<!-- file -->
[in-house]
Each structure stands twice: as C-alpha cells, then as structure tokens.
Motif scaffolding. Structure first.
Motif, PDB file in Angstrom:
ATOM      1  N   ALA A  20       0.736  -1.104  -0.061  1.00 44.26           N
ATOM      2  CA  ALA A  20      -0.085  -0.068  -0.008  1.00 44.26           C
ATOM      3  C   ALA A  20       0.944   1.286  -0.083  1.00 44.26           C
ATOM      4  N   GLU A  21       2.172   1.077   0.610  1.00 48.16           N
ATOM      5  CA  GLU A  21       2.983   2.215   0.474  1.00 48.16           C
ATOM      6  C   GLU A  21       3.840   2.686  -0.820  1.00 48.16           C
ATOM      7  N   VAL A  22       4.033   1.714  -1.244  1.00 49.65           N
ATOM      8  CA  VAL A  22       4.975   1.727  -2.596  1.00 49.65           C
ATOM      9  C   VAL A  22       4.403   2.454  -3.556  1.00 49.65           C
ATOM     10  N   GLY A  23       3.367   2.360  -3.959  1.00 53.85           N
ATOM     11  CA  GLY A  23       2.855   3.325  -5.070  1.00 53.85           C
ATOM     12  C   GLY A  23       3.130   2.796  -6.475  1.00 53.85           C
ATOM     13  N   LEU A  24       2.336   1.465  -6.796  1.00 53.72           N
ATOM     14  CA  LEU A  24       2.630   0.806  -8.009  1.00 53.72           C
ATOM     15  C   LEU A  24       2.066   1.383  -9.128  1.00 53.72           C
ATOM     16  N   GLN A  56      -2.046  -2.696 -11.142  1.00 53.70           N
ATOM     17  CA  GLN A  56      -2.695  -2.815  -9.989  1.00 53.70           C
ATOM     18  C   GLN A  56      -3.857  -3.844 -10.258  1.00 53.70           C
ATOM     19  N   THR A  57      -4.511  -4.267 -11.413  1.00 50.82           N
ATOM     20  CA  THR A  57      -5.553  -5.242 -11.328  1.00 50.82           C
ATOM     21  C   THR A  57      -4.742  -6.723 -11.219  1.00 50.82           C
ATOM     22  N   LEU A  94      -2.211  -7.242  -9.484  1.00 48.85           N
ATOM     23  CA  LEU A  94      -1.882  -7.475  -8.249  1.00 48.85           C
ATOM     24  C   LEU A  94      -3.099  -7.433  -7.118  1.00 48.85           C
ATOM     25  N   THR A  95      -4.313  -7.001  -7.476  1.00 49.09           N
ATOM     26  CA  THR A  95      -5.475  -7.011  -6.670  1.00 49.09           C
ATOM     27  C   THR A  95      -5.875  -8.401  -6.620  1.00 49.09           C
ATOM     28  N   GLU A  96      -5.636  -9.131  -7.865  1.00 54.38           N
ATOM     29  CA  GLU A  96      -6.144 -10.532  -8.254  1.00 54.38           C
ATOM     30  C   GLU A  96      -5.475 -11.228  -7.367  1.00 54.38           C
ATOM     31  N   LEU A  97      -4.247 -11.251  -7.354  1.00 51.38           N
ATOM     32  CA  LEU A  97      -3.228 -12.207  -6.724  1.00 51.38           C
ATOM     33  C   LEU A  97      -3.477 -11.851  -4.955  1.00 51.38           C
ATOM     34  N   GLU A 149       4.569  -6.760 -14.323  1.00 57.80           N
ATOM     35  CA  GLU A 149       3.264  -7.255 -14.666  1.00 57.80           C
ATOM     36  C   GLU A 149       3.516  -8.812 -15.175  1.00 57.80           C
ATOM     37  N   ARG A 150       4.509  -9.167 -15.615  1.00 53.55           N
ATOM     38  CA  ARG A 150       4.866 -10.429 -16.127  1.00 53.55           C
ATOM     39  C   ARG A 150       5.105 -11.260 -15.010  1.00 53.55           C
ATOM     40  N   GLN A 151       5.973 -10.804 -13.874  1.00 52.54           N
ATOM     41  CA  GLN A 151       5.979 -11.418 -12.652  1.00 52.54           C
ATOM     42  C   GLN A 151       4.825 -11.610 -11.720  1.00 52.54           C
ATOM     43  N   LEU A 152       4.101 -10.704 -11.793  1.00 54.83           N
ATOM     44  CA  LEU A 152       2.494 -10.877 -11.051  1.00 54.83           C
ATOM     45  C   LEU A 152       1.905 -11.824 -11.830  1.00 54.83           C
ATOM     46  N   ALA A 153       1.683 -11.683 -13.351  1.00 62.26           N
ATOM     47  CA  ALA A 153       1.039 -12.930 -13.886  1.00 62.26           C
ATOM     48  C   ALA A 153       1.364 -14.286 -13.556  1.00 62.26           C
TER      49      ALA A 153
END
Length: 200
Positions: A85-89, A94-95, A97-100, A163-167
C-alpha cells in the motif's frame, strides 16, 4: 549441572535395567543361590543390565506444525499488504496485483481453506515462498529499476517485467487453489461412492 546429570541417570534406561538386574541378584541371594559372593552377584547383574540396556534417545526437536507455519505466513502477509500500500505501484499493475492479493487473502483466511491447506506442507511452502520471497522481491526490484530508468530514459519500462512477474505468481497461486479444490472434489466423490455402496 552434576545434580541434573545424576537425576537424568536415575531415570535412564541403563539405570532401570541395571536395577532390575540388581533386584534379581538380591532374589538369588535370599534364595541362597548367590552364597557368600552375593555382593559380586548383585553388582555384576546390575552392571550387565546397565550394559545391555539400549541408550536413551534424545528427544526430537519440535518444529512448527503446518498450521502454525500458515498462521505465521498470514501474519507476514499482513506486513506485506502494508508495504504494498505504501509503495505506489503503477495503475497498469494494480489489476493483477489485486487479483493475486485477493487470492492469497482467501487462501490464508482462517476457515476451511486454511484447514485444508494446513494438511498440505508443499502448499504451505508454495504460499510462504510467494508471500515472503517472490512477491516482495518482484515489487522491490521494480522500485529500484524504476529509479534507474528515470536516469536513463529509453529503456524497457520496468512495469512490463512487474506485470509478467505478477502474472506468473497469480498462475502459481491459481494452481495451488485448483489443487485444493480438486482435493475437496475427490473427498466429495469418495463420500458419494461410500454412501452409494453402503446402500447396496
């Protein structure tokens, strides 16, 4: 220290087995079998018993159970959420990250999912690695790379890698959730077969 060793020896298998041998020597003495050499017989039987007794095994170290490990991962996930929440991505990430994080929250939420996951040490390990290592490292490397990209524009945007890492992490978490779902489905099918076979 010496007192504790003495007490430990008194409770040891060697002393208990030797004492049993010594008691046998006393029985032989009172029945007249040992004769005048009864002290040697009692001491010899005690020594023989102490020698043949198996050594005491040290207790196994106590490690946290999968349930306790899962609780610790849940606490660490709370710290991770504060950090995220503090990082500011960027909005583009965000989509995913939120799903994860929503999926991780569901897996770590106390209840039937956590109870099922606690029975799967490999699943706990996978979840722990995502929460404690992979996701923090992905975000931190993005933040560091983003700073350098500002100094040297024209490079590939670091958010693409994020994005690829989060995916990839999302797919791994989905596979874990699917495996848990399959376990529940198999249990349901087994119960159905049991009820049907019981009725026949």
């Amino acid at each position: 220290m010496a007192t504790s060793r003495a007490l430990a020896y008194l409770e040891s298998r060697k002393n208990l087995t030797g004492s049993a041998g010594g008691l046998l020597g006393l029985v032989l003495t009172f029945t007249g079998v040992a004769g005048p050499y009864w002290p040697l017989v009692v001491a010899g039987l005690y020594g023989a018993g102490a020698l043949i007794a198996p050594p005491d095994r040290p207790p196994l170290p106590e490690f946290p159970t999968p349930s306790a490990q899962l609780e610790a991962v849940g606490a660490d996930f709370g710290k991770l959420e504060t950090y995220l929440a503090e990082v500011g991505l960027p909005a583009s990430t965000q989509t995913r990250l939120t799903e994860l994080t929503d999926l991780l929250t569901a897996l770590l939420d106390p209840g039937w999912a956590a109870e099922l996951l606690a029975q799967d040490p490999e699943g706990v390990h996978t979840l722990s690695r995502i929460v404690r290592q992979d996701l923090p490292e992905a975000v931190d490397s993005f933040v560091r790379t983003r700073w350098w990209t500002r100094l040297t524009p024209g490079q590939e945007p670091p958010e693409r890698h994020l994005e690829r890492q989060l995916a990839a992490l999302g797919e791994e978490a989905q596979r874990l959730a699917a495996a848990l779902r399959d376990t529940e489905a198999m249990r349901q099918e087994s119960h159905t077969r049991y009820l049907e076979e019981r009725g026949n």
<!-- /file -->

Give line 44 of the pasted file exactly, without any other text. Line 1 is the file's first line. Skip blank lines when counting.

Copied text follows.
ATOM     40  N   GLN A 151       5.973 -10.804 -13.874  1.00 52.54           N